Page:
'Talent is Bulls***.' Comic Artist Ty Templeton's Blunt Advice on How to Tell Better Stories
Even though we're all born with an innate ability and desire to tell stories, actually putting them on paper is a skill you have to learn.
Yeah, I said skill -- not talent. This is a lesson revered comic artist and writer Ty Templeton wants all of us to learn, that having "talent" is a myth, that hard work, practice, and dedication are the things that make artists great. In the first episode of Raindance Step & Repeat, Templeton shares some great insight on what it takes to write a great story. Although the video is no longer able to be embedded (you can watch it here), here are a few takeaways from the video:
Talent is bullshit
This is great news for people who have thought their whole lives that they weren't born with what it takes to be an artist. Great art comes from great amounts of work -- practice and diligence toward attaining new skills. No one is born with an innate ability to perfectly construct a narrative or write natural dialog. These skills are earned, so the best thing you can do is practice, practice, practice.
"Tell a story your audience thinks they know how it will turn out."
"And then don't let it turn out that way." Your audience should never be one step ahead of you. They should never be able to solve the mystery of your unfolding narrative before you begin to pull up the page, because more often than not, this makes for a boring experience for the viewer. Templeton explains it like this:
So what happens is I've got you now, because you think you know the story I'm going to tell you. And I'm going to tell you some of the story you think is coming up, or else you won't be satisfied. But I'm going to delightfully confound the story you expect, or you won't come back for another one. And that's the basic secret: tell people a universal story they think they know is coming and screw around enough that they don't get the one that they paid for.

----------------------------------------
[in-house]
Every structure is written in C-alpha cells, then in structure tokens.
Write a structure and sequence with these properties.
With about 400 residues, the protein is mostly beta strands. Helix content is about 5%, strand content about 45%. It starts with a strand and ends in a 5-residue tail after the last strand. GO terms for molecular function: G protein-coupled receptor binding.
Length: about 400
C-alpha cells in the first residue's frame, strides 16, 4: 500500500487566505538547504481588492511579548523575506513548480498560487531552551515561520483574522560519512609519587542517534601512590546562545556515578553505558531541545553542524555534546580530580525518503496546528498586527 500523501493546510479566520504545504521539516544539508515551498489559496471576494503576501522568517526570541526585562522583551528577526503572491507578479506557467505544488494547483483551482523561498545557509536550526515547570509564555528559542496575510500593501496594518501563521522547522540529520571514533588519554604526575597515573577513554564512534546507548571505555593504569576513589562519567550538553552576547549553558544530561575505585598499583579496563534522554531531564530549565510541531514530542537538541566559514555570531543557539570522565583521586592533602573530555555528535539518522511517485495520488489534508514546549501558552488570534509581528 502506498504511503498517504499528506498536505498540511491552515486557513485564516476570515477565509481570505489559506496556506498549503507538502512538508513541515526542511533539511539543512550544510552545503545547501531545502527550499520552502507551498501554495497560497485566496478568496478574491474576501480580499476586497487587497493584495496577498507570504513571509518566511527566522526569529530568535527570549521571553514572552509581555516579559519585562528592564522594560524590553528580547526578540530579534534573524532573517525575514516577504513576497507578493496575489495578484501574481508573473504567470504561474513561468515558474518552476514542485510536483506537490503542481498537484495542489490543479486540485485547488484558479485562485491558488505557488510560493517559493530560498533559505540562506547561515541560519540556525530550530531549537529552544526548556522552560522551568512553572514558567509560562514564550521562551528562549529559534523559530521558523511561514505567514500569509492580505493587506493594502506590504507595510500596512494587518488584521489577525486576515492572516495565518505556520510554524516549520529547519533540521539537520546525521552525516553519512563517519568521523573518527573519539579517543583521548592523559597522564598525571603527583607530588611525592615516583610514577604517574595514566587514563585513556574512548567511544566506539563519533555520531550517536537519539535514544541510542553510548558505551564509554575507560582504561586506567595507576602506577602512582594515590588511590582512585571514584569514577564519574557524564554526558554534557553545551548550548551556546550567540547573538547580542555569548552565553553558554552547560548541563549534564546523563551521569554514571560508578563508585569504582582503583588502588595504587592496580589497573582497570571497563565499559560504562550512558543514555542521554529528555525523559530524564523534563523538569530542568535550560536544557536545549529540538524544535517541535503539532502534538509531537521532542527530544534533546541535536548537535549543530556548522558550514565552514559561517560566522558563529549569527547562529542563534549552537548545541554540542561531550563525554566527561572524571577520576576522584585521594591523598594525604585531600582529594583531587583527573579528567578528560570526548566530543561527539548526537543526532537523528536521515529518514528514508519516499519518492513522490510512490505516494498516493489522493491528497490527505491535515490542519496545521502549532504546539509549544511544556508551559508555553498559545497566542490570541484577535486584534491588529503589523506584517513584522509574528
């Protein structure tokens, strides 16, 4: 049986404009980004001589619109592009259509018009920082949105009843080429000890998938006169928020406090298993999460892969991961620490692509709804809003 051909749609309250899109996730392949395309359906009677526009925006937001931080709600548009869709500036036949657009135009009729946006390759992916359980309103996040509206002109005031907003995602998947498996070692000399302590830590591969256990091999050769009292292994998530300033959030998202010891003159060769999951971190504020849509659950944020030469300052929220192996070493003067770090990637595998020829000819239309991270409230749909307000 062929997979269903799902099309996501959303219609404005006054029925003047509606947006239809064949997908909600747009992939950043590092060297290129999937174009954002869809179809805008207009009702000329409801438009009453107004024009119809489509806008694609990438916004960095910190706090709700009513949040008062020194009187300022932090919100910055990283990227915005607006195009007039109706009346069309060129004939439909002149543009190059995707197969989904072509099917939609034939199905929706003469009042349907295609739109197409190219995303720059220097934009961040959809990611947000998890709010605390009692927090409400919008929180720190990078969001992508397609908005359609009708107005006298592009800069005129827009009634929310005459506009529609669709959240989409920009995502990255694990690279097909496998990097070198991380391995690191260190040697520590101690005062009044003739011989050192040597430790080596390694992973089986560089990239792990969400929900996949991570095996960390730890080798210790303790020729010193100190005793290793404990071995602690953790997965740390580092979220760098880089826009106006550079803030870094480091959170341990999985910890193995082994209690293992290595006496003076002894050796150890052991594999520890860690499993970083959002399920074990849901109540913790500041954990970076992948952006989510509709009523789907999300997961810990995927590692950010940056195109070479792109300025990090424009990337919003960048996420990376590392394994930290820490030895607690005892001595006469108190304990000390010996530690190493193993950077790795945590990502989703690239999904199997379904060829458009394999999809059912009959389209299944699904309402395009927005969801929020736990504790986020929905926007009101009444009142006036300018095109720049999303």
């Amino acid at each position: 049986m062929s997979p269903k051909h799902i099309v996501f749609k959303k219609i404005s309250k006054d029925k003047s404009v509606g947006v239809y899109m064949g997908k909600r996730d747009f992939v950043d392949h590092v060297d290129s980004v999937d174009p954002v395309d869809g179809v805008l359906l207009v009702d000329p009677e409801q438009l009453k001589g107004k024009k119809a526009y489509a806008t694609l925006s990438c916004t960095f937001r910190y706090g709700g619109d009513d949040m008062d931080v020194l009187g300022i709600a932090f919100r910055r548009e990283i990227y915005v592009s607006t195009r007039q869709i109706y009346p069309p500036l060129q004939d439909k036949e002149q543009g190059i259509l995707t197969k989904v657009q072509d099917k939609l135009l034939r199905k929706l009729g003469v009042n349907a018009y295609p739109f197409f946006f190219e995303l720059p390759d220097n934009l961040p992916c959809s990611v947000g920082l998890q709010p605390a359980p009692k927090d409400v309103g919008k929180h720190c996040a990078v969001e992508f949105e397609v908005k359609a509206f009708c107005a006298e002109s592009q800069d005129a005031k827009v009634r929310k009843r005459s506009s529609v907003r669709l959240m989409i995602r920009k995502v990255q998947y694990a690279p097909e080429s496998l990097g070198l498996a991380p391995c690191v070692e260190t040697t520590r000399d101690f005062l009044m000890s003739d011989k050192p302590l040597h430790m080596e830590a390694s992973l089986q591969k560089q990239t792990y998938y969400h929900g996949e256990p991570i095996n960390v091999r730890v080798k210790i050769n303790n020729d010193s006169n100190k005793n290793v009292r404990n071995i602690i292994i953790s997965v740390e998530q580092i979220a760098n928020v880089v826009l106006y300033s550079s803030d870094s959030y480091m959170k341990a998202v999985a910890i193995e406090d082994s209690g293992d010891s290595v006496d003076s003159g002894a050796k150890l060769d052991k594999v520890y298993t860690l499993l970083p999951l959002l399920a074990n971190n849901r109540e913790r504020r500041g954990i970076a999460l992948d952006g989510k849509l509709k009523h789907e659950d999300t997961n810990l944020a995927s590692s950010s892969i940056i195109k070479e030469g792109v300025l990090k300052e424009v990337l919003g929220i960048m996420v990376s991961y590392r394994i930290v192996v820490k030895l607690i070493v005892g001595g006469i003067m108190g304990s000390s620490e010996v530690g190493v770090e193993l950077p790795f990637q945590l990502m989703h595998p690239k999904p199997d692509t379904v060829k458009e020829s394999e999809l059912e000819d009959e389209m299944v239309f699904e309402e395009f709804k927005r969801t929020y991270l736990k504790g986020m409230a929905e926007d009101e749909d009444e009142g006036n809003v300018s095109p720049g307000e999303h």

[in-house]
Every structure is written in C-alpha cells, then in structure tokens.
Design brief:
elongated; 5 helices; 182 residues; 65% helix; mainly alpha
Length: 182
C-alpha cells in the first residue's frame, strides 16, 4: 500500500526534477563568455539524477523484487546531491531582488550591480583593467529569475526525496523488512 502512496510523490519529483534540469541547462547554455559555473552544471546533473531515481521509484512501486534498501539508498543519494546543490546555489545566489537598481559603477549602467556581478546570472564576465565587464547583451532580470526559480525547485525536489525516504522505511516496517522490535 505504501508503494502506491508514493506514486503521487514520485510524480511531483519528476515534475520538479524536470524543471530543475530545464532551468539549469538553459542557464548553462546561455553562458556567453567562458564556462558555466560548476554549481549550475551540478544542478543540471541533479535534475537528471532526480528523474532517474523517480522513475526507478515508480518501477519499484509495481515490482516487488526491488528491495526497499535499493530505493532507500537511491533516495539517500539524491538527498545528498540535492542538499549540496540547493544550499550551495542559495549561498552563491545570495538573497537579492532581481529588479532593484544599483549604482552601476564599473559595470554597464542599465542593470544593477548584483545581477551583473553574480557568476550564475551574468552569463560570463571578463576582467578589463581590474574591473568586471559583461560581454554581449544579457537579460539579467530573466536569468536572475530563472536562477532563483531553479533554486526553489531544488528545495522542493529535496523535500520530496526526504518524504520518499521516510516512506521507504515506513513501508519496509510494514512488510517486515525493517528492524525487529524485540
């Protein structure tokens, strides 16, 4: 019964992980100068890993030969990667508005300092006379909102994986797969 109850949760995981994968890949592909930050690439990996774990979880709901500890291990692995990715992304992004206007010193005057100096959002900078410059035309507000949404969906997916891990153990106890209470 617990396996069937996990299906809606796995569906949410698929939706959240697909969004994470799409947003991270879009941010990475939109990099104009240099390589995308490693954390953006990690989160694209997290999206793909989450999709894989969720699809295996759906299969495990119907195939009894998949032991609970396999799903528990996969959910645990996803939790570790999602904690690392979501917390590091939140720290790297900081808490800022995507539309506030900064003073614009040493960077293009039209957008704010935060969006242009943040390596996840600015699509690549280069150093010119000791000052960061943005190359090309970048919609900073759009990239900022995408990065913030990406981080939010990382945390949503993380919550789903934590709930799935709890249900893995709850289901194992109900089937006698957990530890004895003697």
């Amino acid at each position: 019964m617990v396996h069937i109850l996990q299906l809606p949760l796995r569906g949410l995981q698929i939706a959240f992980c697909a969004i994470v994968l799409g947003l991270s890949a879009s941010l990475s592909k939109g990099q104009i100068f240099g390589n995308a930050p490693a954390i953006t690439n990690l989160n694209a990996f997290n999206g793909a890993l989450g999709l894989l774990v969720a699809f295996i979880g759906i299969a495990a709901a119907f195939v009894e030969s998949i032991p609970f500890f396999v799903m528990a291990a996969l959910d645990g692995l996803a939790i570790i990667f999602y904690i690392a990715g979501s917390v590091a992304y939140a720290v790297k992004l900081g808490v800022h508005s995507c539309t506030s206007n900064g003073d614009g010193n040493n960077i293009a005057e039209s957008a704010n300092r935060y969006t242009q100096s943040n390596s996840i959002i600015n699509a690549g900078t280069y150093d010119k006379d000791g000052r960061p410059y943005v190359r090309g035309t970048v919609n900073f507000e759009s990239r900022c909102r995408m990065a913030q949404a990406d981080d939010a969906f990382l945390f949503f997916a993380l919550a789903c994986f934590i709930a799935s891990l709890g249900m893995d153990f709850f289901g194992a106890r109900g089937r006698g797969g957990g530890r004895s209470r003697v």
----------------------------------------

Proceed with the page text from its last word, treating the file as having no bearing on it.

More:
Don't let your humongous ego take the focus off of your story
You see this all the time in beginning writing classes: writers coming up with complex narratives full of motifs and metaphors that, in the end, just become convoluted ego-strokes in written form. I'm guilty of this. Most of us are. However, Templeton says that the less you focus on being a great writer, the more you can focus on writing something great. Templeton brings up a great point, that the "prettiness" of an image, whether it's an illustration or a moving image, is irrelevant if it doesn't help tell a story. So, whether you're writing something or shooting something or editing something, it all must serve the story.
Audiences want to be engrossed in your narrative, but they can't do that if they're constantly being reminded of your -- genius. That's not to say you shouldn't include complexities and profound storytelling techniques, if you can then you should, but just don't let that overshadow the real reason why people are watching your film, which is, of course, to experience a story that moves them.